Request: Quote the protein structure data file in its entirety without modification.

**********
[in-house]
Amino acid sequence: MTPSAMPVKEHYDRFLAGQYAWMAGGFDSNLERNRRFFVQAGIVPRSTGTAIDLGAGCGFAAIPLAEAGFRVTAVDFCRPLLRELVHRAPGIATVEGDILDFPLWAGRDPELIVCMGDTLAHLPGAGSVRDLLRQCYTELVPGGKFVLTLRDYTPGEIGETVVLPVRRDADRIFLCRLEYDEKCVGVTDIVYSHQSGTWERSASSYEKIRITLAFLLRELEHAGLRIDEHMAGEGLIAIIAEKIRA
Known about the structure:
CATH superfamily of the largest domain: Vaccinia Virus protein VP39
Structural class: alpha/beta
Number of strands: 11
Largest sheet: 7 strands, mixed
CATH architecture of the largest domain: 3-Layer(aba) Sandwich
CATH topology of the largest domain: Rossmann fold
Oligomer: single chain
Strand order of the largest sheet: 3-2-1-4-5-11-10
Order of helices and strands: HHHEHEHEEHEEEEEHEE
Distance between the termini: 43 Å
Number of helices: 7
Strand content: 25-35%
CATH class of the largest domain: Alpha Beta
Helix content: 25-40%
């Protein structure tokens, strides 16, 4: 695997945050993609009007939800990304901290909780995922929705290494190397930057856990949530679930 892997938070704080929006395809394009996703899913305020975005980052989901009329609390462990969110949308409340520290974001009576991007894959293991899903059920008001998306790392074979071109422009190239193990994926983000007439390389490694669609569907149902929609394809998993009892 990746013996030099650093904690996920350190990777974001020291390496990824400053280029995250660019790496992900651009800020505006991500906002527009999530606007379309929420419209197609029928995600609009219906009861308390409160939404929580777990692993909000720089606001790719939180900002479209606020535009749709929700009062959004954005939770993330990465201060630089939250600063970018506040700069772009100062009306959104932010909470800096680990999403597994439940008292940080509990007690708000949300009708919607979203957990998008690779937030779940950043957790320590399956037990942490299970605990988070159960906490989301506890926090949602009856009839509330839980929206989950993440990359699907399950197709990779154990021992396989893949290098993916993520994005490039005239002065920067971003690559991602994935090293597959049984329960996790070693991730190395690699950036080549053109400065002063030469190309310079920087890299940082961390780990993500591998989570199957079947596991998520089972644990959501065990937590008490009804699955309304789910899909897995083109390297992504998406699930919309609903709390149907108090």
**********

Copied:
[in-house]
Amino acid sequence: MTPSAMPVKEHYDRFLAGQYAWMAGGFDSNLERNRRFFVQAGIVPRSTGTAIDLGAGCGFAAIPLAEAGFRVTAVDFCRPLLRELVHRAPGIATVEGDILDFPLWAGRDPELIVCMGDTLAHLPGAGSVRDLLRQCYTELVPGGKFVLTLRDYTPGEIGETVVLPVRRDADRIFLCRLEYDEKCVGVTDIVYSHQSGTWERSASSYEKIRITLAFLLRELEHAGLRIDEHMAGEGLIAIIAEKIRA
Known about the structure:
CATH superfamily of the largest domain: Vaccinia Virus protein VP39
Structural class: alpha/beta
Number of strands: 11
Largest sheet: 7 strands, mixed
CATH architecture of the largest domain: 3-Layer(aba) Sandwich
CATH topology of the largest domain: Rossmann fold
Oligomer: single chain
Strand order of the largest sheet: 3-2-1-4-5-11-10
Order of helices and strands: HHHEHEHEEHEEEEEHEE
Distance between the termini: 43 Å
Number of helices: 7
Strand content: 25-35%
CATH class of the largest domain: Alpha Beta
Helix content: 25-40%
């Protein structure tokens, strides 16, 4: 695997945050993609009007939800990304901290909780995922929705290494190397930057856990949530679930 892997938070704080929006395809394009996703899913305020975005980052989901009329609390462990969110949308409340520290974001009576991007894959293991899903059920008001998306790392074979071109422009190239193990994926983000007439390389490694669609569907149902929609394809998993009892 990746013996030099650093904690996920350190990777974001020291390496990824400053280029995250660019790496992900651009800020505006991500906002527009999530606007379309929420419209197609029928995600609009219906009861308390409160939404929580777990692993909000720089606001790719939180900002479209606020535009749709929700009062959004954005939770993330990465201060630089939250600063970018506040700069772009100062009306959104932010909470800096680990999403597994439940008292940080509990007690708000949300009708919607979203957990998008690779937030779940950043957790320590399956037990942490299970605990988070159960906490989301506890926090949602009856009839509330839980929206989950993440990359699907399950197709990779154990021992396989893949290098993916993520994005490039005239002065920067971003690559991602994935090293597959049984329960996790070693991730190395690699950036080549053109400065002063030469190309310079920087890299940082961390780990993500591998989570199957079947596991998520089972644990959501065990937590008490009804699955309304789910899909897995083109390297992504998406699930919309609903709390149907108090």